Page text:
Dewey LeBoeuf ended up in about the worst case scenario. Actually, no, definitely the worst case scenario. It’s hard to imagine things going any worst than people ending up in handcuffs. But there were steps along the way where Dewey could’ve done better, much better—and potentially saved themselves.
LXBN TV: Court’s Ruling On Takedown of Controversial Film Could Dramatically Shake Up Movie Distribution
The highly-controversial Innocence of Muslims film has caused much uproar throughout the world. When the film was released, it caused riots throughout the world—with the most notable incident being 2012 Benghazi attack. Some time as passed since then, but we’re seeing the lingering effects of the movie’s controversial nature as a ruling on its takedown from YouTube could have a major impact on movie distribution.
The Supreme Court ruled earlier this week, in Lawson v. FMR, that whistleblower protections under the Sarbanes-Oxley Act also apply to a public company’s private contractors. It’s a ruling that is currently getting a lot of attention as the impact of the decision is extremely far-reaching.
Though the motives behind the initial attempt were deemed questionable, that’s no concern now, as King.com—the makers of the popular Candy Crush mobile game—have abandoned their previous attempts to trademark the word Candy. Meanwhile, allegations have surfaced that they originally stole almost the entirety of their über-popular game.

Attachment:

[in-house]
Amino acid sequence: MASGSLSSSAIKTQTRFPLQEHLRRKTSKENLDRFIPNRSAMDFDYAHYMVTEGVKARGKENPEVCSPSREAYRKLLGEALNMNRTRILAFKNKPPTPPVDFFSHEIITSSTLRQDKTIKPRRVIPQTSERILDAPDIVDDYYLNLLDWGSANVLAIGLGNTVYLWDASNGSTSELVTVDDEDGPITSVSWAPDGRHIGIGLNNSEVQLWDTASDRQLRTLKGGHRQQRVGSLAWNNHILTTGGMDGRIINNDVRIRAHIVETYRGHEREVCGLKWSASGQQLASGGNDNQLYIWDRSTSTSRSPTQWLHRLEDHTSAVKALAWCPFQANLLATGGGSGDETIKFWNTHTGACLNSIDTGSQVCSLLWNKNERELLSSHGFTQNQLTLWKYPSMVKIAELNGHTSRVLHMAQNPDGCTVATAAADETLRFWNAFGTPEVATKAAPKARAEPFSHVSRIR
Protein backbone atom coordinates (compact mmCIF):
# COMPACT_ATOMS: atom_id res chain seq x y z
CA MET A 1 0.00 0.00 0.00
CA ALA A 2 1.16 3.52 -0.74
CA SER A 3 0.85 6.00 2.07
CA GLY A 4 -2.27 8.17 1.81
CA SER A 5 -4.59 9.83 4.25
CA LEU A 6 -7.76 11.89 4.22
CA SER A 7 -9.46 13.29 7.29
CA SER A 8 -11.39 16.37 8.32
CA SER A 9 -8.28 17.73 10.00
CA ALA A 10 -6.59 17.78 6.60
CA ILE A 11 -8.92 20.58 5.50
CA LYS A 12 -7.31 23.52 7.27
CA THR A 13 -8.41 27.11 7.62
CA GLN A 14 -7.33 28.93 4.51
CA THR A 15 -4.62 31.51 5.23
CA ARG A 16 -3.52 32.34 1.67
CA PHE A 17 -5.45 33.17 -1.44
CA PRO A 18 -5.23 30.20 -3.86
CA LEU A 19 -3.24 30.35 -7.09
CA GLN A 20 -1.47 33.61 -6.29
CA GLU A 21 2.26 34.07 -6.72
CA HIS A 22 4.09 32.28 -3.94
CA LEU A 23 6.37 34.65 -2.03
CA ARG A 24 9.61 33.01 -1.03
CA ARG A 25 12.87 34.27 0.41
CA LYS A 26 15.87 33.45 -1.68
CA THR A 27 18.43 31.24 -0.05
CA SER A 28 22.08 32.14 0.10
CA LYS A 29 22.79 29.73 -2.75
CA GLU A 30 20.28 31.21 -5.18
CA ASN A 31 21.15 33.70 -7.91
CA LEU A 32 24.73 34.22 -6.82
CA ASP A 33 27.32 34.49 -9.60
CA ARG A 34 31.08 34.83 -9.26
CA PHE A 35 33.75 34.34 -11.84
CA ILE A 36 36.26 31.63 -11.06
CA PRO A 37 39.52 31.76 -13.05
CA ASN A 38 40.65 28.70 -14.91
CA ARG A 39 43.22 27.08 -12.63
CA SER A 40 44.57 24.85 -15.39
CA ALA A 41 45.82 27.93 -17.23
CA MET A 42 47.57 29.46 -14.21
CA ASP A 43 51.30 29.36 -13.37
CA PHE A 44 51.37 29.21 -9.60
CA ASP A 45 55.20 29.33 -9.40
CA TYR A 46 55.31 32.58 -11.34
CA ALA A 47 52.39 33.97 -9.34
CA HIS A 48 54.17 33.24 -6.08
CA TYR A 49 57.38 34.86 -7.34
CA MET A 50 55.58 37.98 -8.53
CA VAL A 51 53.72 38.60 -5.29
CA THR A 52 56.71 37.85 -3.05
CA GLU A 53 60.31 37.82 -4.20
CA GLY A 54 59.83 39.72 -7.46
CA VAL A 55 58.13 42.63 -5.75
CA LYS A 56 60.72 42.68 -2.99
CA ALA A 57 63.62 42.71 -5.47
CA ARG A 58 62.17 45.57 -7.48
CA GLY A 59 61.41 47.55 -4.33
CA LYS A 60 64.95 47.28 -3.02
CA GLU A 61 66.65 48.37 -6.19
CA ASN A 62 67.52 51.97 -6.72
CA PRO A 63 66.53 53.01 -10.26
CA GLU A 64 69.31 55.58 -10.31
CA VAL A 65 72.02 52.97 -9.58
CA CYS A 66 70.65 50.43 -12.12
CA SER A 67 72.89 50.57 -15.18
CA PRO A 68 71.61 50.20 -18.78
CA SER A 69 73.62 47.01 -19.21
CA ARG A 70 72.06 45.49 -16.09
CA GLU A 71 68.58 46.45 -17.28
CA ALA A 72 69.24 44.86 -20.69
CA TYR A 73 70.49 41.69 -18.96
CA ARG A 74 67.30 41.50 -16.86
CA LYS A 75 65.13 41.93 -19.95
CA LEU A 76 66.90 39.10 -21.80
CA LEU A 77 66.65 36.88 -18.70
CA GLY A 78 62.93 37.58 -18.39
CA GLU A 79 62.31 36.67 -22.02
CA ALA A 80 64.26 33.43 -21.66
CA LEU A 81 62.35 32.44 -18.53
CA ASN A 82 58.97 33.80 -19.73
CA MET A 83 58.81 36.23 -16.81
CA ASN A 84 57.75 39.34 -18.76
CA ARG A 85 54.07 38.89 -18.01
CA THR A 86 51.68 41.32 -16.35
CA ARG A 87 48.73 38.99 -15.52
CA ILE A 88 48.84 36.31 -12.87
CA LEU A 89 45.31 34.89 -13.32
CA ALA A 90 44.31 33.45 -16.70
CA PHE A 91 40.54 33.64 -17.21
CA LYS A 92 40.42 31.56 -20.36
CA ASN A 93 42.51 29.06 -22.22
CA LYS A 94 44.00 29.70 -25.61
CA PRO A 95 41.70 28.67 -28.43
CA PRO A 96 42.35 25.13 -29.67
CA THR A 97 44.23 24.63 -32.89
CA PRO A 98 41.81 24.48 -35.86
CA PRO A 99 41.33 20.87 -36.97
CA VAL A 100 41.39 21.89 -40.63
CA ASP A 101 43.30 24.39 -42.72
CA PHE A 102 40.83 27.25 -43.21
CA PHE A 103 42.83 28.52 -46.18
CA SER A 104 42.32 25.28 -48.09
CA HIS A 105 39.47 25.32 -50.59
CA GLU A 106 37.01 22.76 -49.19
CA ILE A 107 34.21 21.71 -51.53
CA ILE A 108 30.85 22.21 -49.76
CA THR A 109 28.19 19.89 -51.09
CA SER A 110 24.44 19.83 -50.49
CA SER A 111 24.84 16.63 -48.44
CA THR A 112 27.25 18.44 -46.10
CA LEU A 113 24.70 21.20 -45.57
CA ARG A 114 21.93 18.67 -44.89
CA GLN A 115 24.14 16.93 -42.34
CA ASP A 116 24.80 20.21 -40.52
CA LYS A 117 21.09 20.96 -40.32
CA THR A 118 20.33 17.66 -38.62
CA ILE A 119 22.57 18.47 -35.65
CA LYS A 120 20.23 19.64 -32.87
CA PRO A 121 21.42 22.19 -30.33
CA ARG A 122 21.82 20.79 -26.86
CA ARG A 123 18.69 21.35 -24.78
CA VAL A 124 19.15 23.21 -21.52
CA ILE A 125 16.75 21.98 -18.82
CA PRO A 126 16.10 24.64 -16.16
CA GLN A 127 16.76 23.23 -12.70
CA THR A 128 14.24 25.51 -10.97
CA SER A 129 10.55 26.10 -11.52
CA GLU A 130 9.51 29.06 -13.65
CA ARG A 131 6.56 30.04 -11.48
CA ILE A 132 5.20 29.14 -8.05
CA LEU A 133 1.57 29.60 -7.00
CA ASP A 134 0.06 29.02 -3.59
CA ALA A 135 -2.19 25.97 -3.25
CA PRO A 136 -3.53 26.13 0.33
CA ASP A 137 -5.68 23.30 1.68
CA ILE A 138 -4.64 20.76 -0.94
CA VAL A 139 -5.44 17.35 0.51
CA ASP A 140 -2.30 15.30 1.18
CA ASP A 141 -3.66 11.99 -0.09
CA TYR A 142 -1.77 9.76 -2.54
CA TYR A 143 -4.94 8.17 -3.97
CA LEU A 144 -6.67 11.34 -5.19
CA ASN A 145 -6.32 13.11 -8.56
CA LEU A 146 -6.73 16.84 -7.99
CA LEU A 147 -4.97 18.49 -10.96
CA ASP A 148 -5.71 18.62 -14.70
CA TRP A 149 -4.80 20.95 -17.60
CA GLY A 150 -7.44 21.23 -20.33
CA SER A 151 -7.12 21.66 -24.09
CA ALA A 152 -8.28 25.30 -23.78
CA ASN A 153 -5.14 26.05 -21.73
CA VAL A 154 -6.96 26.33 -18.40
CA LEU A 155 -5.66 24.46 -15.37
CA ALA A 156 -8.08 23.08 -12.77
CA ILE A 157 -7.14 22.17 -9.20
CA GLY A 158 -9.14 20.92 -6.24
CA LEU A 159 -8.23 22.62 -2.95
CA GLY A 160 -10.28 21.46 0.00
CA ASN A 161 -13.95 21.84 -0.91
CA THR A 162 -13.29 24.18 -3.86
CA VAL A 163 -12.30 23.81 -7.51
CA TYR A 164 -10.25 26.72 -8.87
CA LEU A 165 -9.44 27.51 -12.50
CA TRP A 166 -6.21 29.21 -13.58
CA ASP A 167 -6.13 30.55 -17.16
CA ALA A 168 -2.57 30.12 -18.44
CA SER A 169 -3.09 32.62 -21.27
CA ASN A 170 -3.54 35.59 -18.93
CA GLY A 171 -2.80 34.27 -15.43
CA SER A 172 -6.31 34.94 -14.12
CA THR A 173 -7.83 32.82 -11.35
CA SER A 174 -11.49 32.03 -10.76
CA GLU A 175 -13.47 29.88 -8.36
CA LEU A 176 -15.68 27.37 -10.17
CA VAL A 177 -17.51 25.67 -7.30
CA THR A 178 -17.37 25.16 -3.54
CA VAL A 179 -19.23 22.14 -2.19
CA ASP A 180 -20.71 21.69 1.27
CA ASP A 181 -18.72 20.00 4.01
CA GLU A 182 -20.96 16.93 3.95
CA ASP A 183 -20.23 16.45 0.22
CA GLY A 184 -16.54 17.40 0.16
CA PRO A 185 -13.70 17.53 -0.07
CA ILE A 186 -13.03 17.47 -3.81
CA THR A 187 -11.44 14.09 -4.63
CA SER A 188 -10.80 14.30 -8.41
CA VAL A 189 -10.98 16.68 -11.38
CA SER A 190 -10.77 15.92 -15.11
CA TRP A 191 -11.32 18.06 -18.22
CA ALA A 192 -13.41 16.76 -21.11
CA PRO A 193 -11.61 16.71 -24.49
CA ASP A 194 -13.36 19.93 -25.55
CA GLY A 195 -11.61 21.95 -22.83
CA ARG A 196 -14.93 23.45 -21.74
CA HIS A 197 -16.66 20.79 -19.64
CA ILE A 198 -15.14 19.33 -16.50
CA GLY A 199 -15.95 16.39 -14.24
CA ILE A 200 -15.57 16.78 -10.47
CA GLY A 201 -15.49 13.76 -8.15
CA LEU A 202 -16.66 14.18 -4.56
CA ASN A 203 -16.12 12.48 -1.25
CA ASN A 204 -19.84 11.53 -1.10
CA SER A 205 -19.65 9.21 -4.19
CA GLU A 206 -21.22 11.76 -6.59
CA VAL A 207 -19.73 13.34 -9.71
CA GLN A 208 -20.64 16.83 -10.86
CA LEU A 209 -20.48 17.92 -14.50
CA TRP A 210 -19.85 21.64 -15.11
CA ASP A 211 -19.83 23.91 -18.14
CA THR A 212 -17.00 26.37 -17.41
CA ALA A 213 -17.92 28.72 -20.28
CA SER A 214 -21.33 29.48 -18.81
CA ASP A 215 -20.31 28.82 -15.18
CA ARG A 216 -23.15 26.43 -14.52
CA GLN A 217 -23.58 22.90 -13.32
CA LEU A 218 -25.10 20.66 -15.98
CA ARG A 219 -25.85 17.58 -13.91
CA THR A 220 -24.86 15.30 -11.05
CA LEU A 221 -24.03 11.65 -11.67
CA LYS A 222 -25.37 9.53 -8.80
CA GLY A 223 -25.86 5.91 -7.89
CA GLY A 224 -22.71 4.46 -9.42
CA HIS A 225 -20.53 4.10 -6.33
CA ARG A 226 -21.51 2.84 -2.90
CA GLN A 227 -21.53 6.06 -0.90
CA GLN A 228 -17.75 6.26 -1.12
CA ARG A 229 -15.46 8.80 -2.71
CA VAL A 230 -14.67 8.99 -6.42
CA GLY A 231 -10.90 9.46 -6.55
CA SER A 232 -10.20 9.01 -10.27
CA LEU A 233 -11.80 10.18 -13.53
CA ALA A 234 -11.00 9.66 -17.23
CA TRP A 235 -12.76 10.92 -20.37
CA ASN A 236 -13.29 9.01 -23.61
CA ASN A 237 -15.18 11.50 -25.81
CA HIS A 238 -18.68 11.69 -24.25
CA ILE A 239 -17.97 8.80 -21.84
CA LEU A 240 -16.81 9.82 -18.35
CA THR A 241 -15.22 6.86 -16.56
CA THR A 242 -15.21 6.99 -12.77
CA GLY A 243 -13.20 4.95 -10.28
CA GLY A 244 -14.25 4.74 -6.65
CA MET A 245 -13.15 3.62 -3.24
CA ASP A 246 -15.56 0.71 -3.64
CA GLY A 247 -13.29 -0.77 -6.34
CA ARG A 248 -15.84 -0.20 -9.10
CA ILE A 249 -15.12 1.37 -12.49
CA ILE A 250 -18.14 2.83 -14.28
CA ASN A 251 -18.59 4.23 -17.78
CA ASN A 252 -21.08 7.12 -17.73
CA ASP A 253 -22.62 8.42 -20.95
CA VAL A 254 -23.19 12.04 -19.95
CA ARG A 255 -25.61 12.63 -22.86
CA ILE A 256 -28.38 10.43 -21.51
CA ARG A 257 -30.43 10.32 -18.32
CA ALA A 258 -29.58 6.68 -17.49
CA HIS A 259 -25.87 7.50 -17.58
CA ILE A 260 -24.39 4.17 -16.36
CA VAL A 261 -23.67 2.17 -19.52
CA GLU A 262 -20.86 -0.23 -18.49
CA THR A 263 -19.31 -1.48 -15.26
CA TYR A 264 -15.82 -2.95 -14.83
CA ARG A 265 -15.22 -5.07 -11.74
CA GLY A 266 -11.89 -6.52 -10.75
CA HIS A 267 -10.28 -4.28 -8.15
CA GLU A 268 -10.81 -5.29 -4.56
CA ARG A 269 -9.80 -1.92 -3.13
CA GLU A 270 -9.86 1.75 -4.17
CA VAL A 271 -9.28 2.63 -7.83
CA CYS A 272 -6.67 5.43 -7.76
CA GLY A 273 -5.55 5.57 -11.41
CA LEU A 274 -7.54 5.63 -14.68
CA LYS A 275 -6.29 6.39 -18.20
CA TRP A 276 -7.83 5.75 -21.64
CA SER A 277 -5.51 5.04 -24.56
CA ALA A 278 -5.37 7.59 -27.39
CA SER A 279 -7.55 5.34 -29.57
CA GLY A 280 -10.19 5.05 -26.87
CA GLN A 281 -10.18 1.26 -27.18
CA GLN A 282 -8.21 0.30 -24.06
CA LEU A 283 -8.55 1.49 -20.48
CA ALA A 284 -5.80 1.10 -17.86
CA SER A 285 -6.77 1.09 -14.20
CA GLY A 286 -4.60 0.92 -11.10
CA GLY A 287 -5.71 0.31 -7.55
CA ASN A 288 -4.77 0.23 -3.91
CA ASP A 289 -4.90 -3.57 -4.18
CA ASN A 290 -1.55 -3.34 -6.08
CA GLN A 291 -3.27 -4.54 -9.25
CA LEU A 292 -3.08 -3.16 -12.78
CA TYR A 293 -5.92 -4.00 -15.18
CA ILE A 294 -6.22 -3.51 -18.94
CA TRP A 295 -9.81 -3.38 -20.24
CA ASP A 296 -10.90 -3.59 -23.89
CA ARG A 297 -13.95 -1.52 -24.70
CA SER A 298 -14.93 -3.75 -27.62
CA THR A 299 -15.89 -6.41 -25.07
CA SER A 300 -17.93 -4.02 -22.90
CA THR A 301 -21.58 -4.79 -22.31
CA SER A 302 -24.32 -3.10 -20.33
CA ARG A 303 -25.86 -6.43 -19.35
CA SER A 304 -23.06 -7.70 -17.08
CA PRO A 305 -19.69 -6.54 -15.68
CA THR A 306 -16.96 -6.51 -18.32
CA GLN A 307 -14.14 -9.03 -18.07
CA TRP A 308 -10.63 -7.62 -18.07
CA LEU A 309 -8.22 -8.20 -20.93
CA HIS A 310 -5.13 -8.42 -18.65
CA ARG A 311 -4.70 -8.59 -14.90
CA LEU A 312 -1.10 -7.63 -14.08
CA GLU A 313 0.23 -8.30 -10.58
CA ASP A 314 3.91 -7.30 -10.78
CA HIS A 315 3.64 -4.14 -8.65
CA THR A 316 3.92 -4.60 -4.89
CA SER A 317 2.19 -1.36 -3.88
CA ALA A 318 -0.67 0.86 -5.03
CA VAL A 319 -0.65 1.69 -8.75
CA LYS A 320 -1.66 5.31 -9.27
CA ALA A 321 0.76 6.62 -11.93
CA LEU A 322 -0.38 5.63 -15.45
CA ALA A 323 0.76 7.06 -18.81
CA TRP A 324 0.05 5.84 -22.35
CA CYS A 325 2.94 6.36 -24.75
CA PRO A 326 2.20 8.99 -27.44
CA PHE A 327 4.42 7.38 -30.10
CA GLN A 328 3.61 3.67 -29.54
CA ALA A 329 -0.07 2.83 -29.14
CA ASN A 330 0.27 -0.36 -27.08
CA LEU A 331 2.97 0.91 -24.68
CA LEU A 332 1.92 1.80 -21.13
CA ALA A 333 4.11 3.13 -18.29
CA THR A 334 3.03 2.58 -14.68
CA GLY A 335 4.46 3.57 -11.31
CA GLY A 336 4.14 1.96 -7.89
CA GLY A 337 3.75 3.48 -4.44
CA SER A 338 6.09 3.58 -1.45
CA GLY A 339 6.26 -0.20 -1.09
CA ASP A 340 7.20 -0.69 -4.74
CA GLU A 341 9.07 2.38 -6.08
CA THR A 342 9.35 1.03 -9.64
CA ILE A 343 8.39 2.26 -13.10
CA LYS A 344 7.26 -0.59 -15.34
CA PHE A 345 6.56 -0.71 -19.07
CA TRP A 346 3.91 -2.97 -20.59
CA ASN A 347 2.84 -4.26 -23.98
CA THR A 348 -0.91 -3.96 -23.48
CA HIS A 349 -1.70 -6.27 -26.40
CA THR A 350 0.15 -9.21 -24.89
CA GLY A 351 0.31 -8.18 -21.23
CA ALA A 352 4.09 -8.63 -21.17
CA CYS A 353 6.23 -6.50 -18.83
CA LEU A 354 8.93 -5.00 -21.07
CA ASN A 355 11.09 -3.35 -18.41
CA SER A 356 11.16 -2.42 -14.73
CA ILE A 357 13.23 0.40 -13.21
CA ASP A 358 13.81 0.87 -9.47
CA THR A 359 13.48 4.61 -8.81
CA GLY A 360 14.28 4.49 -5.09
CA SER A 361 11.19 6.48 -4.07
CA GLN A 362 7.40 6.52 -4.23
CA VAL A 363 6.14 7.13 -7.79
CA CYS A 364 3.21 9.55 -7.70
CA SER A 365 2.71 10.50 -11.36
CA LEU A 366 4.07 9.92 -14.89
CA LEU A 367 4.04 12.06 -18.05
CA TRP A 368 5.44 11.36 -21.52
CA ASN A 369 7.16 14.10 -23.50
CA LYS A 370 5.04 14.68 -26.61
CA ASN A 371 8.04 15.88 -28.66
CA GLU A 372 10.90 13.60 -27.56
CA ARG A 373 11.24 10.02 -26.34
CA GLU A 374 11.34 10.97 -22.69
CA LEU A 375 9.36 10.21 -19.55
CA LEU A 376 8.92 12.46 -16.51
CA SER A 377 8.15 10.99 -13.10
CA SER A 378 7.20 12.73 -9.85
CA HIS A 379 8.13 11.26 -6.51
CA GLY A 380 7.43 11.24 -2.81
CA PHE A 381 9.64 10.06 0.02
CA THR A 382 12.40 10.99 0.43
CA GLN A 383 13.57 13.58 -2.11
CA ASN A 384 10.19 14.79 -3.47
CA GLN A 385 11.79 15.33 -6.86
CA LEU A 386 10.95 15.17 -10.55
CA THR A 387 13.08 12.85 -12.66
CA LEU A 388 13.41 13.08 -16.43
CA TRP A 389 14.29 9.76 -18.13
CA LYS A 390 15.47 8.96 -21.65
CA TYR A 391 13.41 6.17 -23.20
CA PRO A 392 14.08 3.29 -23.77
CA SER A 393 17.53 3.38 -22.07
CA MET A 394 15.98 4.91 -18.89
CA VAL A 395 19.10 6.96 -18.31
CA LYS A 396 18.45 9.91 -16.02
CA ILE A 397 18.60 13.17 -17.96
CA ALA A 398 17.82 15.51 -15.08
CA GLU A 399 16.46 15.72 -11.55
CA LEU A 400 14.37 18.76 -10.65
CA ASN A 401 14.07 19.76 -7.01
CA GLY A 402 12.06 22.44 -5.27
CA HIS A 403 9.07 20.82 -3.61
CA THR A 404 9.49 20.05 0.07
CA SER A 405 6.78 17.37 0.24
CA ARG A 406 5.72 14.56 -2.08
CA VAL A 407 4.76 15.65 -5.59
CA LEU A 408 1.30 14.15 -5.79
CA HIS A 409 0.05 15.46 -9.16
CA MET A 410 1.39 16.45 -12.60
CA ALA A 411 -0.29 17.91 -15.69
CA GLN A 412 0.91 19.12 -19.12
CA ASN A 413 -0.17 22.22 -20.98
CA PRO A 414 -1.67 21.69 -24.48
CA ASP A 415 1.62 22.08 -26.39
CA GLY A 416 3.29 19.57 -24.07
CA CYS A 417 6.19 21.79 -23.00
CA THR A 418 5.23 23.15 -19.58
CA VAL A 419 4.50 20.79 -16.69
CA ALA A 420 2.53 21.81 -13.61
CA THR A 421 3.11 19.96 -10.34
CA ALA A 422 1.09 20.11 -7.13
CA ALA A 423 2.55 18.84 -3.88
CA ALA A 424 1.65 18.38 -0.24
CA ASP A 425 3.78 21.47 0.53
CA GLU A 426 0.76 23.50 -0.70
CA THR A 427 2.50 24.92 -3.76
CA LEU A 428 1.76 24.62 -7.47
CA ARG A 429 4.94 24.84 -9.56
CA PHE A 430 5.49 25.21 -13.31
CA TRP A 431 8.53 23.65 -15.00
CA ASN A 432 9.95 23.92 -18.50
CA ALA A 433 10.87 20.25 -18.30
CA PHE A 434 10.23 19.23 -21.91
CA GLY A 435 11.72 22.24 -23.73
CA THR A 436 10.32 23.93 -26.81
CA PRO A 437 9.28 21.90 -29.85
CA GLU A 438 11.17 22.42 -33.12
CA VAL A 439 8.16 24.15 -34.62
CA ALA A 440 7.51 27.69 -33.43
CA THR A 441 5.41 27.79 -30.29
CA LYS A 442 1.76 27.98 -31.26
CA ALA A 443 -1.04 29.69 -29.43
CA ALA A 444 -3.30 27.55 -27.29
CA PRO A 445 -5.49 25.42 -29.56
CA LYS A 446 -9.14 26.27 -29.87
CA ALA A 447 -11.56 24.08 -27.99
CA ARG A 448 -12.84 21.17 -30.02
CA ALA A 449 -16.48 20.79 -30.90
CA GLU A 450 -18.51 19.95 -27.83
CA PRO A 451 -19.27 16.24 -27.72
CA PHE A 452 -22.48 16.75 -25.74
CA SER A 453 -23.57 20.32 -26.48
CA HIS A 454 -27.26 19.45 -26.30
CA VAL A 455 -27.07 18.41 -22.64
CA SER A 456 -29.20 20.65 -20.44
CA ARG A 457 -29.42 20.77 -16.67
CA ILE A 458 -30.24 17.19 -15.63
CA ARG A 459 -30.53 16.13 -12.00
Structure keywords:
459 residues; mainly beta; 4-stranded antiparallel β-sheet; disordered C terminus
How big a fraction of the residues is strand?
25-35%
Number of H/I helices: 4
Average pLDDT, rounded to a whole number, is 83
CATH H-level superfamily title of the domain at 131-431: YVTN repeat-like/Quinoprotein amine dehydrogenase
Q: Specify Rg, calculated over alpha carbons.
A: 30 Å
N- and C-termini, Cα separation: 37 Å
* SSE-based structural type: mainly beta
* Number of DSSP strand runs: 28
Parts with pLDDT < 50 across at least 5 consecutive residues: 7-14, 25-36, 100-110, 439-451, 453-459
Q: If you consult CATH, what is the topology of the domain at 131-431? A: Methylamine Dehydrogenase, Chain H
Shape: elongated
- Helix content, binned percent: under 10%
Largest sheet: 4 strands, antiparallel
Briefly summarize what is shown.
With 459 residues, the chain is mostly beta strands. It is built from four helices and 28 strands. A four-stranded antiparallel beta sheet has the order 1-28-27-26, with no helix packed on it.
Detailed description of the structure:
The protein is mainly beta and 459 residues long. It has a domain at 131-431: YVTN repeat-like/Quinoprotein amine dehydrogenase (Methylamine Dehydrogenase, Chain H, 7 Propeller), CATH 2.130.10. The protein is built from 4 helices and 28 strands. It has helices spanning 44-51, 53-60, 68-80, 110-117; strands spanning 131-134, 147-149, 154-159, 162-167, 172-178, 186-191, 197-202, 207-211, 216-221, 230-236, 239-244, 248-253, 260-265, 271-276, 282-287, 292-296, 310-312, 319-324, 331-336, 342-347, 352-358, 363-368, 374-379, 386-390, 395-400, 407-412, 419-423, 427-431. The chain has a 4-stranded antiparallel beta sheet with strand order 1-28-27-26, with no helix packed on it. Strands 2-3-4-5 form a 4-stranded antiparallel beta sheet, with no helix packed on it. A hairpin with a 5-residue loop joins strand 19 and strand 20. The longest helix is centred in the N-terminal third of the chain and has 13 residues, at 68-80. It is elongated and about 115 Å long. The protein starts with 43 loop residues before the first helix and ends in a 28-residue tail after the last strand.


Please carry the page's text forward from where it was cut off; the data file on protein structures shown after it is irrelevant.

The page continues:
We’ve seen it on other issues and we’re seeing it again with respect to creating a national data breach law: Congress can be quick to react to a major incident, but their follow-through isn’t always the best. Right now, we’re in the reaction phase with a data breach law as Congress has put forth five pieces of legislation on the matter.
Where does one draw the line between a business supporting an athlete or sports team—and piggybacking on their success? As evidenced by a recent suit coming out of the Seventh Circuit Court of Appeals involving Michael Jordan, a grocery store chain and a magazine ad, it can sometimes be hard to tell.
Open-source software, most of the time, is an amazing thing. You have the need for a specific feature or widget or what-have-you, and you can find it out there – for free – and plug it right into your existing work. But when you do that, it creates complexities. How can you sell something as proprietary if it includes open source code?
A little more than a year ago, it was apparently clear to President Obama and the White House that something needed to be done on the cybersecurity front. That has not changed, as the President affirms that there’s still work to be done, but a big step has been taken as the White House last week unveiled its final NIST Cybersecurity Framework—the culmination of a process that started with that executive order.
Office romance can be a tricky and dangerous thing, and not just for the individuals involved. If things turn sour, and even if they don’t, it can present a range of challenges for employers and stands to open them up to potential liability. However, there are things companies can do to protect themselves from things going sideways.
There’s been much written about how Affordable Care Act’s requirement that employers’ provide their employees with affordable health benefits has been delayed yet again. But, that’s not entirely true. Balch & Bingham‘s Pepper Crutcher joins LXBN TV to explain what exactly these final rules really mean for the timing of the employer mandate, and what else employers should take away from these new rules. Crutcher is an author on the firm’s blog, the Affordable Care Act Review.